Travel scams are an unfortunate situation that’s easy to encounter while on the road, and they can happen to anyone. These can range from broken taxi meters meant to overcharge you for a trip, to fake cops scaring you for bribes or fines.

No matter where you’re going, it’s essential to be aware of your surroundings and what can make you stand out to a scammer so that you can have a safe and enjoyable trip.

Let’s look at some of those scams you may encounter while traveling, and how you can make sure to avoid them!

15 Most Common Travel Scams Around the World

1. Broken Taxi Meter Scam

One of the most common scams you’ll find all over the world—some taxi drivers may claim that their meter is broken and charge an inflated rate for the ride. To avoid this scam, agree on a price before getting in the taxi, or use a ride-sharing app like Uber or Lyft if available. Use a known, marked taxi service when possible—these tend to be clearly marked at airports. As well, make sure to keep your belongings close to you and not in the trunk, as some of the more unscrupulous drivers may even try to steal your luggage by driving off before you can retrieve it.

2. Vehicle Rental Scam

Scammers may rent you a vehicle, like a scooter or jet ski, and then claim that you damaged it upon return, demanding payment for existing damage. To avoid this aggravating scam, inspect the item thoroughly before renting it, take photos of any existing damage, and read the rental agreement carefully.

3. Train Cancellation Scam

A scammer will approach you at a train station, claim that your train has been canceled or delayed, and offer to help you book a new ticket at a higher price, hoping you’ll be flustered and desperate enough to go for it. To avoid this one, make sure to confirm train schedules and ticket prices beforehand, and don’t rely on strangers for help with booking tickets. If you’re really unsure whether your trip has been canceled, find a ticketing booth or station manager to confirm, and rebook from there if actually needed.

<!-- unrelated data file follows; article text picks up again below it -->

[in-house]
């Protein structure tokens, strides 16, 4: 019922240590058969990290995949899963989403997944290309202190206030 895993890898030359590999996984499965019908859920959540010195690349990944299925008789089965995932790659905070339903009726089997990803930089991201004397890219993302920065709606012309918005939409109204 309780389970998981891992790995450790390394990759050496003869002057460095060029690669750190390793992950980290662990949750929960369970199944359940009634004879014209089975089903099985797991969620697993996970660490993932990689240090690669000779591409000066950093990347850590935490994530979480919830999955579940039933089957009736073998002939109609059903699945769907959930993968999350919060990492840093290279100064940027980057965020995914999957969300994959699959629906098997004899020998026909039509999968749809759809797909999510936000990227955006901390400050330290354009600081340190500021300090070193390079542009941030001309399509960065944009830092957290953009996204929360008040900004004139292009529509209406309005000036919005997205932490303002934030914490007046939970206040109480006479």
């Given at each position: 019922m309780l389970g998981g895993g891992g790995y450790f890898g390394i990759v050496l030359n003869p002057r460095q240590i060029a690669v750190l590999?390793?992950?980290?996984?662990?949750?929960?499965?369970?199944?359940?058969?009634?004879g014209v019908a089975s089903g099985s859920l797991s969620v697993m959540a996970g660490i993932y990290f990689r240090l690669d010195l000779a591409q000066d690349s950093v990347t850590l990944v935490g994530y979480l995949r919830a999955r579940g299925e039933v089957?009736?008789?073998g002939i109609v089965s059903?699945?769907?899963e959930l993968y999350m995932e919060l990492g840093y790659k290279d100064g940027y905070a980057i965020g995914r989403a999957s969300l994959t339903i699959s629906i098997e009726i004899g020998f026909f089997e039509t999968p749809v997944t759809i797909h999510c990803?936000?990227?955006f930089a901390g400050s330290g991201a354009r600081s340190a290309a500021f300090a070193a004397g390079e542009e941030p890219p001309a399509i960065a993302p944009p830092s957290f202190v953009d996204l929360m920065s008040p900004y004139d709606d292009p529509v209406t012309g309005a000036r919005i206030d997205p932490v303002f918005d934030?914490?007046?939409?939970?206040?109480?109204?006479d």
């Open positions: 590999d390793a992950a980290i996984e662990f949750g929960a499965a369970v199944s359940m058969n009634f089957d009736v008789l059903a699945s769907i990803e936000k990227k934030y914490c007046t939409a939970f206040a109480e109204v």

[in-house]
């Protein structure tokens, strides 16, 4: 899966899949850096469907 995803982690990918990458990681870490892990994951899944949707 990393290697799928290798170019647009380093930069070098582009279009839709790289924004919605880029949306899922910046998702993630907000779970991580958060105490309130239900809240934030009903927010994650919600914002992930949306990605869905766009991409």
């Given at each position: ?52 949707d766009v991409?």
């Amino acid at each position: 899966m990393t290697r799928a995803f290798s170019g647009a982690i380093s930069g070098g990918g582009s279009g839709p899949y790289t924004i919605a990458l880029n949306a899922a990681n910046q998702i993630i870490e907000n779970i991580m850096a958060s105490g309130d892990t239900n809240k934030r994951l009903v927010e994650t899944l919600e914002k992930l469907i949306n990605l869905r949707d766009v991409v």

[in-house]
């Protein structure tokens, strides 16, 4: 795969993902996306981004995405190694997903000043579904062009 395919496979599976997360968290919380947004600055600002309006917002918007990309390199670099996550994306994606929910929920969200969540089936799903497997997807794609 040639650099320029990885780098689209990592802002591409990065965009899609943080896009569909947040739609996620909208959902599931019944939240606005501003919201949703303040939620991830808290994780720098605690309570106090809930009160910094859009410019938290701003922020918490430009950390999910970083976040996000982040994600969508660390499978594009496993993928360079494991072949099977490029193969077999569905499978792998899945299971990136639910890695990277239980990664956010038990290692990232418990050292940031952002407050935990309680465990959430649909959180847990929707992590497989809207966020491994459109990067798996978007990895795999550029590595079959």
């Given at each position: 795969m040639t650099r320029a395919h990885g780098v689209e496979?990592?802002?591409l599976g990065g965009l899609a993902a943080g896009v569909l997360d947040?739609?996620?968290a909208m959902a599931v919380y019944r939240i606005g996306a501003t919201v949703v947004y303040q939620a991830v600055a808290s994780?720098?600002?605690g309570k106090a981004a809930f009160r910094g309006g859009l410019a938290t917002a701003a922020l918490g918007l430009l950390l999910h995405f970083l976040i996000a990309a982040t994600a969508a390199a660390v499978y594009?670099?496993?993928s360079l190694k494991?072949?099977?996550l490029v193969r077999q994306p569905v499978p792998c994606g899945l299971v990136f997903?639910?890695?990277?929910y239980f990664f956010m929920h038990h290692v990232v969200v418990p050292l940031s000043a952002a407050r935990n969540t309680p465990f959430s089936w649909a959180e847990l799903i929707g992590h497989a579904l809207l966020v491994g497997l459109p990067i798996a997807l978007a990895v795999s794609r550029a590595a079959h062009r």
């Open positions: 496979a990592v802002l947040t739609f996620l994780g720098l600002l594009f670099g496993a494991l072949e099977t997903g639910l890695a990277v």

4. Timeshare and Vacation Club Scams

Timeshare scams are among the most lucrative for those trying to make money from tourists. Scammers will try to sell you a timeshare or vacation club membership with promises of discounted travel, but really, these memberships can be incredibly expensive and difficult to use. Don’t sign anything on the spot, research the company and read reviews, and take your time to make a decision.

5. Free or Very Low-Cost Vacation Scams

Scammers and dishonest companies will offer free or extremely low-cost vacations, but there are always hidden fees…or it is all a scam, from start to finish. To avoid this one, be wary of unsolicited calls, texts, or flyers promising free or suspiciously low-cost vacations. Research the company and read lots of reviews before booking anything, and be sure to read the fine print before making any payments!

6. Restaurant Scams

Scammers may overcharge you for food or add items you did not order to your bill. To avoid this, check the menu and prices before ordering and review your bill carefully.

7. Dropped Ring Scam

In this one, a stranger will pick up a ring from the street and ask if it’s yours. When you say no, they’ll examine the jewelry, say it’s highly valuable, and try to convince you to take it, asking for some money in exchange for the lovely gift. They might also try to sell you the ring for a “good price,” even though it’s actually worthless. To avoid this scam, don’t accept gifts from strangers—and don’t converse with people trying to sell you valuables on the street.

8. Bump and Grab Scam